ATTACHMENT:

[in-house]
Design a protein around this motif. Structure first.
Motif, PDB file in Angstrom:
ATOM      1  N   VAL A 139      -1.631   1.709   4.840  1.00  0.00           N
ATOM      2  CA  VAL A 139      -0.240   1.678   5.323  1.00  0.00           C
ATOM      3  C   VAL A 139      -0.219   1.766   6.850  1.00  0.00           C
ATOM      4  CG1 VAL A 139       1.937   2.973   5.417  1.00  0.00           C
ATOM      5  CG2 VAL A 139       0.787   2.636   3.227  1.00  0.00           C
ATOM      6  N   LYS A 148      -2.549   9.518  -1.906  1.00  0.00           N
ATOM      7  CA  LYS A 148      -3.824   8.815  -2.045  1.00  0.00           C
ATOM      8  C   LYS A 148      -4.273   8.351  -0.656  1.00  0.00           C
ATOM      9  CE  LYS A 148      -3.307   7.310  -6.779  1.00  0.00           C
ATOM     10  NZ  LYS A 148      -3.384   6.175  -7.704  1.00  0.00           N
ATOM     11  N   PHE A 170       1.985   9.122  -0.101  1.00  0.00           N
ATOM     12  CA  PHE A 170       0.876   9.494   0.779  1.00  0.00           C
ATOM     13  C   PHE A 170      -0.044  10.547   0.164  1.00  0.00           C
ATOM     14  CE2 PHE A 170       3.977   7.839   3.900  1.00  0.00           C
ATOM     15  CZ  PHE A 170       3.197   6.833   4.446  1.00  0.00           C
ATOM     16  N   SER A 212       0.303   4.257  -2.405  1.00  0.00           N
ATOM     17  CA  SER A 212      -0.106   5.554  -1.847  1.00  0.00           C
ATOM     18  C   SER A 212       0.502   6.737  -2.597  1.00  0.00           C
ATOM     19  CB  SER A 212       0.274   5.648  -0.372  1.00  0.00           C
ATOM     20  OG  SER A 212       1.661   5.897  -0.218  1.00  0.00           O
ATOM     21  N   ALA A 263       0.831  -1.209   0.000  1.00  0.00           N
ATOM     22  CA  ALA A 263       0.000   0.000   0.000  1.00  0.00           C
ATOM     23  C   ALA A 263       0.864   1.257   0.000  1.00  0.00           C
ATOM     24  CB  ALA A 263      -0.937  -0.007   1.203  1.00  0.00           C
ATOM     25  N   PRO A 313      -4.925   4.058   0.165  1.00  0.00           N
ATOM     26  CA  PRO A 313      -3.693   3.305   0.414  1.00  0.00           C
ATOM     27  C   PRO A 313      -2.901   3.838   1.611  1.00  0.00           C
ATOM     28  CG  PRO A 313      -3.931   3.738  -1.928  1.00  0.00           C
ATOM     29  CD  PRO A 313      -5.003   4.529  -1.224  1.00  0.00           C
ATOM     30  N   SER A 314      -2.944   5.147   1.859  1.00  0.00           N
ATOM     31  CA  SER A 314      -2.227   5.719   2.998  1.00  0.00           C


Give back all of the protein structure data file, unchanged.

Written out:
[in-house]
Design a protein around this motif. Structure first.
Motif, PDB file in Angstrom:
ATOM      1  N   VAL A 139      -1.631   1.709   4.840  1.00  0.00           N
ATOM      2  CA  VAL A 139      -0.240   1.678   5.323  1.00  0.00           C
ATOM      3  C   VAL A 139      -0.219   1.766   6.850  1.00  0.00           C
ATOM      4  CG1 VAL A 139       1.937   2.973   5.417  1.00  0.00           C
ATOM      5  CG2 VAL A 139       0.787   2.636   3.227  1.00  0.00           C
ATOM      6  N   LYS A 148      -2.549   9.518  -1.906  1.00  0.00           N
ATOM      7  CA  LYS A 148      -3.824   8.815  -2.045  1.00  0.00           C
ATOM      8  C   LYS A 148      -4.273   8.351  -0.656  1.00  0.00           C
ATOM      9  CE  LYS A 148      -3.307   7.310  -6.779  1.00  0.00           C
ATOM     10  NZ  LYS A 148      -3.384   6.175  -7.704  1.00  0.00           N
ATOM     11  N   PHE A 170       1.985   9.122  -0.101  1.00  0.00           N
ATOM     12  CA  PHE A 170       0.876   9.494   0.779  1.00  0.00           C
ATOM     13  C   PHE A 170      -0.044  10.547   0.164  1.00  0.00           C
ATOM     14  CE2 PHE A 170       3.977   7.839   3.900  1.00  0.00           C
ATOM     15  CZ  PHE A 170       3.197   6.833   4.446  1.00  0.00           C
ATOM     16  N   SER A 212       0.303   4.257  -2.405  1.00  0.00           N
ATOM     17  CA  SER A 212      -0.106   5.554  -1.847  1.00  0.00           C
ATOM     18  C   SER A 212       0.502   6.737  -2.597  1.00  0.00           C
ATOM     19  CB  SER A 212       0.274   5.648  -0.372  1.00  0.00           C
ATOM     20  OG  SER A 212       1.661   5.897  -0.218  1.00  0.00           O
ATOM     21  N   ALA A 263       0.831  -1.209   0.000  1.00  0.00           N
ATOM     22  CA  ALA A 263       0.000   0.000   0.000  1.00  0.00           C
ATOM     23  C   ALA A 263       0.864   1.257   0.000  1.00  0.00           C
ATOM     24  CB  ALA A 263      -0.937  -0.007   1.203  1.00  0.00           C
ATOM     25  N   PRO A 313      -4.925   4.058   0.165  1.00  0.00           N
ATOM     26  CA  PRO A 313      -3.693   3.305   0.414  1.00  0.00           C
ATOM     27  C   PRO A 313      -2.901   3.838   1.611  1.00  0.00           C
ATOM     28  CG  PRO A 313      -3.931   3.738  -1.928  1.00  0.00           C
ATOM     29  CD  PRO A 313      -5.003   4.529  -1.224  1.00  0.00           C
ATOM     30  N   SER A 314      -2.944   5.147   1.859  1.00  0.00           N
ATOM     31  CA  SER A 314      -2.227   5.719   2.998  1.00  0.00           C